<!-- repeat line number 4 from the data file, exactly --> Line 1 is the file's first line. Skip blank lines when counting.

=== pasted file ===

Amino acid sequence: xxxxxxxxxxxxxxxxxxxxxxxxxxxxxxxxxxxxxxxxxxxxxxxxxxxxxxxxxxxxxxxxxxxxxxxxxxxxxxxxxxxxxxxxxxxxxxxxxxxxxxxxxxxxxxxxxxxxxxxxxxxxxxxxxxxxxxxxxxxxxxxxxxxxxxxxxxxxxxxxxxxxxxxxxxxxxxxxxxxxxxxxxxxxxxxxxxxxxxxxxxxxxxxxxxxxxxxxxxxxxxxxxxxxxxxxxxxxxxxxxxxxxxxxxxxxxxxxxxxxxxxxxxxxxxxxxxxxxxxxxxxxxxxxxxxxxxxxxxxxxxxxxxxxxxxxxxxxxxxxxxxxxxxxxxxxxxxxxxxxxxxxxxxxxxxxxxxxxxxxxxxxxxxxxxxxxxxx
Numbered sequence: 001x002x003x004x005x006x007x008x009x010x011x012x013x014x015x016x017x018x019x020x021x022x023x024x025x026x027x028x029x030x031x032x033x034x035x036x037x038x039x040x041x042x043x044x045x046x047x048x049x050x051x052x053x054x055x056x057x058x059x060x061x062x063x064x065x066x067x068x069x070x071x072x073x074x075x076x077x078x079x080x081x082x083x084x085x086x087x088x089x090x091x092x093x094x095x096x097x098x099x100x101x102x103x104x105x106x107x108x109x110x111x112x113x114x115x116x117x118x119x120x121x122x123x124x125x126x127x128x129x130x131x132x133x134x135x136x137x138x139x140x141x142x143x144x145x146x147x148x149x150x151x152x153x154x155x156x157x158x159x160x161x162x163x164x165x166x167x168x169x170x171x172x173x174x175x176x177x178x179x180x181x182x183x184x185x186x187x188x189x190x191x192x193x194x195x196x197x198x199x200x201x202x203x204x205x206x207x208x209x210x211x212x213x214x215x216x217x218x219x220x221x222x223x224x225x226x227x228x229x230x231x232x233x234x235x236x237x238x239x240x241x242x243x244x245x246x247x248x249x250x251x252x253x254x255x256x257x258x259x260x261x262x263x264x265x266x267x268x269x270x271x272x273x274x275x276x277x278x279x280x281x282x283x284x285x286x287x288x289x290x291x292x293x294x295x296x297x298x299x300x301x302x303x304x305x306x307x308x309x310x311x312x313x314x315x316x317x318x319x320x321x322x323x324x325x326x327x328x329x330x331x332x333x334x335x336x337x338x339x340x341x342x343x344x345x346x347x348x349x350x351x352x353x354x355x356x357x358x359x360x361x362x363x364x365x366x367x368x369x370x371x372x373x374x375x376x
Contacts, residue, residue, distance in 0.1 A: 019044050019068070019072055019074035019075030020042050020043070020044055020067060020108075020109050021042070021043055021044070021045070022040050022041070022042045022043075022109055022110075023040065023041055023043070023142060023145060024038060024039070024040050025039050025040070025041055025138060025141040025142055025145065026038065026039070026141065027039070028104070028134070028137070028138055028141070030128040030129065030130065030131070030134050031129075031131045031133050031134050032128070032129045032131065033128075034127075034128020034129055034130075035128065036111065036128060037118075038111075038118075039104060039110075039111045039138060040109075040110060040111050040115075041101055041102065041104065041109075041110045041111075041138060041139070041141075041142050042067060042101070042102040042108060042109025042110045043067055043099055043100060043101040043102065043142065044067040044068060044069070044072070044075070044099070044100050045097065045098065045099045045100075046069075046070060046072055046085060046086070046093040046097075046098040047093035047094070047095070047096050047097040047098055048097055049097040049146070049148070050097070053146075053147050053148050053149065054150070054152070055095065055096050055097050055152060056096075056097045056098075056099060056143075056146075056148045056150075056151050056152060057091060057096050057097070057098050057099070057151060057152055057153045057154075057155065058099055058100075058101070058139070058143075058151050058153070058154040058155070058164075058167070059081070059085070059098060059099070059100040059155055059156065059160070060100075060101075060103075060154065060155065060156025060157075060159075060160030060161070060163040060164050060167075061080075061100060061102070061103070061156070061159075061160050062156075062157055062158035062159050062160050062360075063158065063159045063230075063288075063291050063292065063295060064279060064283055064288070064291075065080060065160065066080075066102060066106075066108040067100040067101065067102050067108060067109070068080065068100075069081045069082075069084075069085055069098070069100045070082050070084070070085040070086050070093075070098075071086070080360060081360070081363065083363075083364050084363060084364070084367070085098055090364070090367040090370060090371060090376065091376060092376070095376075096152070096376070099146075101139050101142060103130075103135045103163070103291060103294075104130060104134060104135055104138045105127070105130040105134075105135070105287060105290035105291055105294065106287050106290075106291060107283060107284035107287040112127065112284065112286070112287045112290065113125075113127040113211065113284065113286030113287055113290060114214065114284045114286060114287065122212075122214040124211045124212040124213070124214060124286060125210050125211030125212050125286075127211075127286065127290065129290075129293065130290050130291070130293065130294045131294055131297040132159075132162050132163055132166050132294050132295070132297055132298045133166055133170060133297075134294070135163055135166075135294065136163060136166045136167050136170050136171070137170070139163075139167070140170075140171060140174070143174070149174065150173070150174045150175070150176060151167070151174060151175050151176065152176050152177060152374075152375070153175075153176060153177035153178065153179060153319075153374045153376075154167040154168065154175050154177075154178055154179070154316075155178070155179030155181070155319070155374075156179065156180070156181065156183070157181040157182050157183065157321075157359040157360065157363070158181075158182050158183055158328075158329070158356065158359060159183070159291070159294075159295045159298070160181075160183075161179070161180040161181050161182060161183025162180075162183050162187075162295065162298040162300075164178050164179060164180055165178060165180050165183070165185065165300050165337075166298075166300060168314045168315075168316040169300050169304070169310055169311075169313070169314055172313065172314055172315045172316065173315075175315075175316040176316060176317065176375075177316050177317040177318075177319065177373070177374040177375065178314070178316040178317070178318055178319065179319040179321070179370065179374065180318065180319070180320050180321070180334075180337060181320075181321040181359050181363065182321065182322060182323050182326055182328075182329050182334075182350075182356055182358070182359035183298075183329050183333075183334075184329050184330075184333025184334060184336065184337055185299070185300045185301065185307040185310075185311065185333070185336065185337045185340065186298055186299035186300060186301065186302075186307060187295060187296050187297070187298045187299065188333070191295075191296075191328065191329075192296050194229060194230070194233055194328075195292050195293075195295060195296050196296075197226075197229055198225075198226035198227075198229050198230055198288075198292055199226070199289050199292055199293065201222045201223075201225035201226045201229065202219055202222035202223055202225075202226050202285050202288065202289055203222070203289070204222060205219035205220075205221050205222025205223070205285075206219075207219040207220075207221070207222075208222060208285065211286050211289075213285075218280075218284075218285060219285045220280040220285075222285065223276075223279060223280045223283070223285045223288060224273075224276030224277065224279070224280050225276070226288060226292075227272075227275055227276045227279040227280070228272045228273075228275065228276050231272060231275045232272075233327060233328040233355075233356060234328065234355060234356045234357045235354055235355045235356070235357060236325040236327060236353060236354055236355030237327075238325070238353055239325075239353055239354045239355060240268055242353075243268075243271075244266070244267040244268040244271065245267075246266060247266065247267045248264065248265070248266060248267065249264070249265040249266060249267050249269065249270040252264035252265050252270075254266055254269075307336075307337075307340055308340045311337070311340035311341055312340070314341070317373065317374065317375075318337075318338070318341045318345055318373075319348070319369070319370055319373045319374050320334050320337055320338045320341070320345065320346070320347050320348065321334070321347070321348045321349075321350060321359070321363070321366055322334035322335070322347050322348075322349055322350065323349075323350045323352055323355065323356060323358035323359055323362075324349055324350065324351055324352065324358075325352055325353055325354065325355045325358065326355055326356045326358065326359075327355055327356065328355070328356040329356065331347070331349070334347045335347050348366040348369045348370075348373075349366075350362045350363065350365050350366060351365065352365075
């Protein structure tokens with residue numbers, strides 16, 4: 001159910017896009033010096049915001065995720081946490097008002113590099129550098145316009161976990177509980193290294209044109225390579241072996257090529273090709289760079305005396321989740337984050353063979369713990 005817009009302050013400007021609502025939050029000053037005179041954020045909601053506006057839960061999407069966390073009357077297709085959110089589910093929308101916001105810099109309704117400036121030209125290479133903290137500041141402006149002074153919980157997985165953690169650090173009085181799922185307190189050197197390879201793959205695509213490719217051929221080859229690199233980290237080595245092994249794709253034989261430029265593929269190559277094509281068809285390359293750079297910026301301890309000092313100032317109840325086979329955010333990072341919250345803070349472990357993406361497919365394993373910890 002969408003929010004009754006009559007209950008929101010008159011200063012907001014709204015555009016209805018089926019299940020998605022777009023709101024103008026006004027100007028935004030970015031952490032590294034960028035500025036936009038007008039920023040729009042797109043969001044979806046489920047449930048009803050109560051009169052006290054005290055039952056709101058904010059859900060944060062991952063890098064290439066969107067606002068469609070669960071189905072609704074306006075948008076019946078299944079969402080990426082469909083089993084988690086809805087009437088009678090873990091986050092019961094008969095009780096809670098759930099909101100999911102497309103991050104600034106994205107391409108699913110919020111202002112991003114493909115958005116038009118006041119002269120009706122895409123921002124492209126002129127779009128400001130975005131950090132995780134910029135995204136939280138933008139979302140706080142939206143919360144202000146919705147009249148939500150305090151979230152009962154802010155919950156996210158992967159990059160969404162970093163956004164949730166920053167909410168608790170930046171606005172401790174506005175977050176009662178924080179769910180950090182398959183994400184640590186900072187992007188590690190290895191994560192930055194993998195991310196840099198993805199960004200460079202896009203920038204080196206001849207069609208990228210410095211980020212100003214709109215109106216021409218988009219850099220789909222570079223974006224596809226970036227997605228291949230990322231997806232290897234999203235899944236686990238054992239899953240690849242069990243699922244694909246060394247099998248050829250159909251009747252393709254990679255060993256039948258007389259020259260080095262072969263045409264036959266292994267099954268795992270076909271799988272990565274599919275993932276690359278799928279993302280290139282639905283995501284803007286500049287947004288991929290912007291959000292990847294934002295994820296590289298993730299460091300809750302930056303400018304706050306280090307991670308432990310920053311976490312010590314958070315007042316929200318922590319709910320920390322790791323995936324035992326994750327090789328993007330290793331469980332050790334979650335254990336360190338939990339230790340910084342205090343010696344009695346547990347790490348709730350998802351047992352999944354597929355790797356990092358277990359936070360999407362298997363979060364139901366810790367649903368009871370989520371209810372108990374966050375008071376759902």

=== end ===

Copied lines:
């Protein structure tokens with residue numbers, strides 16, 4: 001159910017896009033010096049915001065995720081946490097008002113590099129550098145316009161976990177509980193290294209044109225390579241072996257090529273090709289760079305005396321989740337984050353063979369713990 005817009009302050013400007021609502025939050029000053037005179041954020045909601053506006057839960061999407069966390073009357077297709085959110089589910093929308101916001105810099109309704117400036121030209125290479133903290137500041141402006149002074153919980157997985165953690169650090173009085181799922185307190189050197197390879201793959205695509213490719217051929221080859229690199233980290237080595245092994249794709253034989261430029265593929269190559277094509281068809285390359293750079297910026301301890309000092313100032317109840325086979329955010333990072341919250345803070349472990357993406361497919365394993373910890 002969408003929010004009754006009559007209950008929101010008159011200063012907001014709204015555009016209805018089926019299940020998605022777009023709101024103008026006004027100007028935004030970015031952490032590294034960028035500025036936009038007008039920023040729009042797109043969001044979806046489920047449930048009803050109560051009169052006290054005290055039952056709101058904010059859900060944060062991952063890098064290439066969107067606002068469609070669960071189905072609704074306006075948008076019946078299944079969402080990426082469909083089993084988690086809805087009437088009678090873990091986050092019961094008969095009780096809670098759930099909101100999911102497309103991050104600034106994205107391409108699913110919020111202002112991003114493909115958005116038009118006041119002269120009706122895409123921002124492209126002129127779009128400001130975005131950090132995780134910029135995204136939280138933008139979302140706080142939206143919360144202000146919705147009249148939500150305090151979230152009962154802010155919950156996210158992967159990059160969404162970093163956004164949730166920053167909410168608790170930046171606005172401790174506005175977050176009662178924080179769910180950090182398959183994400184640590186900072187992007188590690190290895191994560192930055194993998195991310196840099198993805199960004200460079202896009203920038204080196206001849207069609208990228210410095211980020212100003214709109215109106216021409218988009219850099220789909222570079223974006224596809226970036227997605228291949230990322231997806232290897234999203235899944236686990238054992239899953240690849242069990243699922244694909246060394247099998248050829250159909251009747252393709254990679255060993256039948258007389259020259260080095262072969263045409264036959266292994267099954268795992270076909271799988272990565274599919275993932276690359278799928279993302280290139282639905283995501284803007286500049287947004288991929290912007291959000292990847294934002295994820296590289298993730299460091300809750302930056303400018304706050306280090307991670308432990310920053311976490312010590314958070315007042316929200318922590319709910320920390322790791323995936324035992326994750327090789328993007330290793331469980332050790334979650335254990336360190338939990339230790340910084342205090343010696344009695346547990347790490348709730350998802351047992352999944354597929355790797356990092358277990359936070360999407362298997363979060364139901366810790367649903368009871370989520371209810372108990374966050375008071376759902």